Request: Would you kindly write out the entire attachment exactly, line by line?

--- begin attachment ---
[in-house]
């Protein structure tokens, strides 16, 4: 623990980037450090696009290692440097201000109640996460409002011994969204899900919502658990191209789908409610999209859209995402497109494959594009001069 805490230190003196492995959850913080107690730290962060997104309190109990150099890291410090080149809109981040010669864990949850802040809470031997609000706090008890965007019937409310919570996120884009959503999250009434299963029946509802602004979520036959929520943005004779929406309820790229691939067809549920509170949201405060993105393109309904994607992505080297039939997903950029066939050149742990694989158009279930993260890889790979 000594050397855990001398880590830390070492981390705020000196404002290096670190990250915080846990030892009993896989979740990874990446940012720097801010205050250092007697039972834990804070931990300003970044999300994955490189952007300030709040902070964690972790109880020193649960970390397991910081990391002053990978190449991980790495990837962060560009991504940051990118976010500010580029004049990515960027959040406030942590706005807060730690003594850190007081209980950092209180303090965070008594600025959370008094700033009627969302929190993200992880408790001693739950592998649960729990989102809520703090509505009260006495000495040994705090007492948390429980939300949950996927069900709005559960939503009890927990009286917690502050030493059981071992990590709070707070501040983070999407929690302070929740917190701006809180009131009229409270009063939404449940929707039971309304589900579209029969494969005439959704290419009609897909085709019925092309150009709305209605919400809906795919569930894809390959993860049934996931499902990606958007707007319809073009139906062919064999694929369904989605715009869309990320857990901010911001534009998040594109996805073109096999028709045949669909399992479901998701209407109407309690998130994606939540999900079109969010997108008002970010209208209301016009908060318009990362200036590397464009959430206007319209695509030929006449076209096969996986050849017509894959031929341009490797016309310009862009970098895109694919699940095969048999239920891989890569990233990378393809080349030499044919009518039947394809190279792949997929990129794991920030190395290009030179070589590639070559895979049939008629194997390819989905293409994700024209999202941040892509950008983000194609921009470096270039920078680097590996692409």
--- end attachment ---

[in-house]
């Protein structure tokens, strides 16, 4: 623990980037450090696009290692440097201000109640996460409002011994969204899900919502658990191209789908409610999209859209995402497109494959594009001069 805490230190003196492995959850913080107690730290962060997104309190109990150099890291410090080149809109981040010669864990949850802040809470031997609000706090008890965007019937409310919570996120884009959503999250009434299963029946509802602004979520036959929520943005004779929406309820790229691939067809549920509170949201405060993105393109309904994607992505080297039939997903950029066939050149742990694989158009279930993260890889790979 000594050397855990001398880590830390070492981390705020000196404002290096670190990250915080846990030892009993896989979740990874990446940012720097801010205050250092007697039972834990804070931990300003970044999300994955490189952007300030709040902070964690972790109880020193649960970390397991910081990391002053990978190449991980790495990837962060560009991504940051990118976010500010580029004049990515960027959040406030942590706005807060730690003594850190007081209980950092209180303090965070008594600025959370008094700033009627969302929190993200992880408790001693739950592998649960729990989102809520703090509505009260006495000495040994705090007492948390429980939300949950996927069900709005559960939503009890927990009286917690502050030493059981071992990590709070707070501040983070999407929690302070929740917190701006809180009131009229409270009063939404449940929707039971309304589900579209029969494969005439959704290419009609897909085709019925092309150009709305209605919400809906795919569930894809390959993860049934996931499902990606958007707007319809073009139906062919064999694929369904989605715009869309990320857990901010911001534009998040594109996805073109096999028709045949669909399992479901998701209407109407309690998130994606939540999900079109969010997108008002970010209208209301016009908060318009990362200036590397464009959430206007319209695509030929006449076209096969996986050849017509894959031929341009490797016309310009862009970098895109694919699940095969048999239920891989890569990233990378393809080349030499044919009518039947394809190279792949997929990129794991920030190395290009030179070589590639070559895979049939008629194997390819989905293409994700024209999202941040892509950008983000194609921009470096270039920078680097590996692409």